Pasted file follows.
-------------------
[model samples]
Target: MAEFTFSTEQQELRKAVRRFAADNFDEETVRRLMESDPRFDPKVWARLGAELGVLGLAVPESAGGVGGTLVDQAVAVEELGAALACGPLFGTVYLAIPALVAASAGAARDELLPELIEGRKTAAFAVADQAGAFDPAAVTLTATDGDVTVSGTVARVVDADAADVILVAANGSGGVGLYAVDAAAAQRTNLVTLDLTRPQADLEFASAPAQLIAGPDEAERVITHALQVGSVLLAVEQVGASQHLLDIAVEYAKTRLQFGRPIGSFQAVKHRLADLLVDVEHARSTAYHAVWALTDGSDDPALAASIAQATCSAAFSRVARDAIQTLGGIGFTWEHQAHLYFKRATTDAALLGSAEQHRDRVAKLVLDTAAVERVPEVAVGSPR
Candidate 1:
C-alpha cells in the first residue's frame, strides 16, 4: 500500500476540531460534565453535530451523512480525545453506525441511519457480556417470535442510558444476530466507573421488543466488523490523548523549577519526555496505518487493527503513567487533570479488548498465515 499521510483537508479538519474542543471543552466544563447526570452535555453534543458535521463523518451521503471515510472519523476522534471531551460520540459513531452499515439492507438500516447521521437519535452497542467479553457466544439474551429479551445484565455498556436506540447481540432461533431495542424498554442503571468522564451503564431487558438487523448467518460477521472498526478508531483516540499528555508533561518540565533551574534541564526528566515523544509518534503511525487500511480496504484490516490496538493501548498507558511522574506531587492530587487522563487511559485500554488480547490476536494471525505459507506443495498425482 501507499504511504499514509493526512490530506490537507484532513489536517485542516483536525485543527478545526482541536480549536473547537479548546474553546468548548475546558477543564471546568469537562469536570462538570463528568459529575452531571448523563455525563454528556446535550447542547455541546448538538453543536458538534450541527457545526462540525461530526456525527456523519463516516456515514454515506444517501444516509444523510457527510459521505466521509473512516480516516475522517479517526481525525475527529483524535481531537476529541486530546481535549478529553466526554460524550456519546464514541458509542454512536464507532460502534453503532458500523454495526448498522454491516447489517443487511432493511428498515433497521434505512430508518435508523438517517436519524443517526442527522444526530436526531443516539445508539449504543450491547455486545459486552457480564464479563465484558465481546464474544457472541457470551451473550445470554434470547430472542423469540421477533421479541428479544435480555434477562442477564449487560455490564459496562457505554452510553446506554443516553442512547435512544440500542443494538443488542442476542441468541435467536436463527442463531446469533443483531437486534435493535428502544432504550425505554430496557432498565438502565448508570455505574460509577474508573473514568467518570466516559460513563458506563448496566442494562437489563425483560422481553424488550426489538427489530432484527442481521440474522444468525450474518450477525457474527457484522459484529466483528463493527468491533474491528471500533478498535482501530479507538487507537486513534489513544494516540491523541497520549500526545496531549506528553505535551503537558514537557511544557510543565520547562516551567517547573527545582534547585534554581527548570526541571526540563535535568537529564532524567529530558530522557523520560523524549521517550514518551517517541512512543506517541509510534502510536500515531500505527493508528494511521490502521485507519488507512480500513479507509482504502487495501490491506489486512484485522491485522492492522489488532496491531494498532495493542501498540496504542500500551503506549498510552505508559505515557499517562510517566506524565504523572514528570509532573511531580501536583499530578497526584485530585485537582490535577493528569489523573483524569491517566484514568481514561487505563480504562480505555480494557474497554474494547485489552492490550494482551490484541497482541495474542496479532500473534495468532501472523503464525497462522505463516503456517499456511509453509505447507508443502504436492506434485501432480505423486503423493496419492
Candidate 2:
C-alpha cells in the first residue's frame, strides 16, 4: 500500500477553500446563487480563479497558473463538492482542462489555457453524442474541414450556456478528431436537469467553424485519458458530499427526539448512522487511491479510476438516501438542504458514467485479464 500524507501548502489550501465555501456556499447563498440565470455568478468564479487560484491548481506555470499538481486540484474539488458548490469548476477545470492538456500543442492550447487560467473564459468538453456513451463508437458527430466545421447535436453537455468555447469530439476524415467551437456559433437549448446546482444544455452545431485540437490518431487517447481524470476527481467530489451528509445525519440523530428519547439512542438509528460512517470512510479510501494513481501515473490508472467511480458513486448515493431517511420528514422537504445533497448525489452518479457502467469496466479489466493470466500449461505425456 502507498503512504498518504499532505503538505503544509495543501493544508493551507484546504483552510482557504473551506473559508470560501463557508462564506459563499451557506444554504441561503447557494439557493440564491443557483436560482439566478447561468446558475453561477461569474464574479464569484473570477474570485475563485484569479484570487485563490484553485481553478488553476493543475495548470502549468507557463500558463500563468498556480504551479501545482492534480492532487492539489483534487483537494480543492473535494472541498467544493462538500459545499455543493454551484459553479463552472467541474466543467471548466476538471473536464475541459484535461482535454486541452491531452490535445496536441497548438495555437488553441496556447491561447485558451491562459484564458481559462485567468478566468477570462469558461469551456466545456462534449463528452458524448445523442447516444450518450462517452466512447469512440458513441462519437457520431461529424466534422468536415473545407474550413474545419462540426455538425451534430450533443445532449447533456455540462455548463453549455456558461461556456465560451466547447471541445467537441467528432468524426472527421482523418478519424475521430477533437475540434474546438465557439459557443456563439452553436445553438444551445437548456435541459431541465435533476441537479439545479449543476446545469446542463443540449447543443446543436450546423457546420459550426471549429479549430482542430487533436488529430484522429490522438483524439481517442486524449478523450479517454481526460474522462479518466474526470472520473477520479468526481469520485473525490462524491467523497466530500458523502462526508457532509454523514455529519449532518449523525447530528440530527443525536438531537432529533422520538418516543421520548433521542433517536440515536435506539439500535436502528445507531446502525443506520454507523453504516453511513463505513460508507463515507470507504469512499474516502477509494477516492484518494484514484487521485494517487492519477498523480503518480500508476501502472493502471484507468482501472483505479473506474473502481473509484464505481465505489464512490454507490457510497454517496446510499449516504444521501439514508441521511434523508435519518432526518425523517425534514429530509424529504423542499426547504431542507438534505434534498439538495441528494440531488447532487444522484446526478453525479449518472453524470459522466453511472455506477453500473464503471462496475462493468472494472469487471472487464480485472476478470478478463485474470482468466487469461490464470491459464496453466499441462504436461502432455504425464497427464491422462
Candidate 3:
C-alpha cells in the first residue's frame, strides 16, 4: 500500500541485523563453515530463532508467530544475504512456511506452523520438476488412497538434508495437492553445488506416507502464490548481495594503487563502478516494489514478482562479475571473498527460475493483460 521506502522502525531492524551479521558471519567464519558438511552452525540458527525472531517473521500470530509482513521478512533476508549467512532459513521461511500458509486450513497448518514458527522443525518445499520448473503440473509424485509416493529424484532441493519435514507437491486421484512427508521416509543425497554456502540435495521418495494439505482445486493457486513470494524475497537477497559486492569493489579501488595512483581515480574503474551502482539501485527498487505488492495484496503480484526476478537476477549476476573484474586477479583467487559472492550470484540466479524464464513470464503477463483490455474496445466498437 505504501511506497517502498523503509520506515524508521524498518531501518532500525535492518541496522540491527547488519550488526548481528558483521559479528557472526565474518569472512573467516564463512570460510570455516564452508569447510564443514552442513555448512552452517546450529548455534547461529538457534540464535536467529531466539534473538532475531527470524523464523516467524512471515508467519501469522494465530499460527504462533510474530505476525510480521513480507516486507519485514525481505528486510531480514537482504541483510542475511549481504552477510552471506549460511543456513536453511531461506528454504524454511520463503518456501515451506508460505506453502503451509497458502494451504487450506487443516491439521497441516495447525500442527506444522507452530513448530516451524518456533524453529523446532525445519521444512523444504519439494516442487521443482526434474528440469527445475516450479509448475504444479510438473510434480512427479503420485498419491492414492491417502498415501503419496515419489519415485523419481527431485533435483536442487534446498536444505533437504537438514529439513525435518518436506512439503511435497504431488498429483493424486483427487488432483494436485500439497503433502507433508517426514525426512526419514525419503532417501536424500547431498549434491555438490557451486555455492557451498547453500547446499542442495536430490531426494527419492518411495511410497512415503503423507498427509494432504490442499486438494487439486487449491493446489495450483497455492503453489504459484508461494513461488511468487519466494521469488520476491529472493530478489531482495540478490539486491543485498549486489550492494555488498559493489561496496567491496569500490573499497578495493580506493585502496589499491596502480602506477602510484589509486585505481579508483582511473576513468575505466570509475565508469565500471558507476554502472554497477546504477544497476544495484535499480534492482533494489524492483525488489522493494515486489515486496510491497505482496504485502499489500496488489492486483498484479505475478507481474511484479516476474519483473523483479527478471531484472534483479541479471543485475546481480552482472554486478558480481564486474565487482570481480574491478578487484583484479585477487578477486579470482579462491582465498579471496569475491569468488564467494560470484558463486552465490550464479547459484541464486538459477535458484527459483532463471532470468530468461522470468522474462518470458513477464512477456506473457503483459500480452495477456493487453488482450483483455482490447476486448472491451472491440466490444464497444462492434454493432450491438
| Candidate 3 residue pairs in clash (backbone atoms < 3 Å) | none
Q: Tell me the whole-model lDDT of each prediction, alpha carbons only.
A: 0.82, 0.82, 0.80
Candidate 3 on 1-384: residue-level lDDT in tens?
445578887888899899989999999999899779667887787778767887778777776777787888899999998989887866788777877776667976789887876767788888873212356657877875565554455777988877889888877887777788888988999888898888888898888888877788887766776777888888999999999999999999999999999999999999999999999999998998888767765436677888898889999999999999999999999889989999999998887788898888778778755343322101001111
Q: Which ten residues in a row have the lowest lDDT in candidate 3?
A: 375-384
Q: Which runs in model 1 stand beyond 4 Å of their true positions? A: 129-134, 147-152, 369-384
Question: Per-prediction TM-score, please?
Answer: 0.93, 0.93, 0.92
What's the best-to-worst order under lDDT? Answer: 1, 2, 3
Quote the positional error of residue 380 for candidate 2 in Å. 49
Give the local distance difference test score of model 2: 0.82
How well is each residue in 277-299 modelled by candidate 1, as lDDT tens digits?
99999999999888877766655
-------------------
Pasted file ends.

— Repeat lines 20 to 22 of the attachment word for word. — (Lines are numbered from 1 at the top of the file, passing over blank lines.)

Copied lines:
Quote the positional error of residue 380 for candidate 2 in Å. 49
Give the local distance difference test score of model 2: 0.82
How well is each residue in 277-299 modelled by candidate 1, as lDDT tens digits?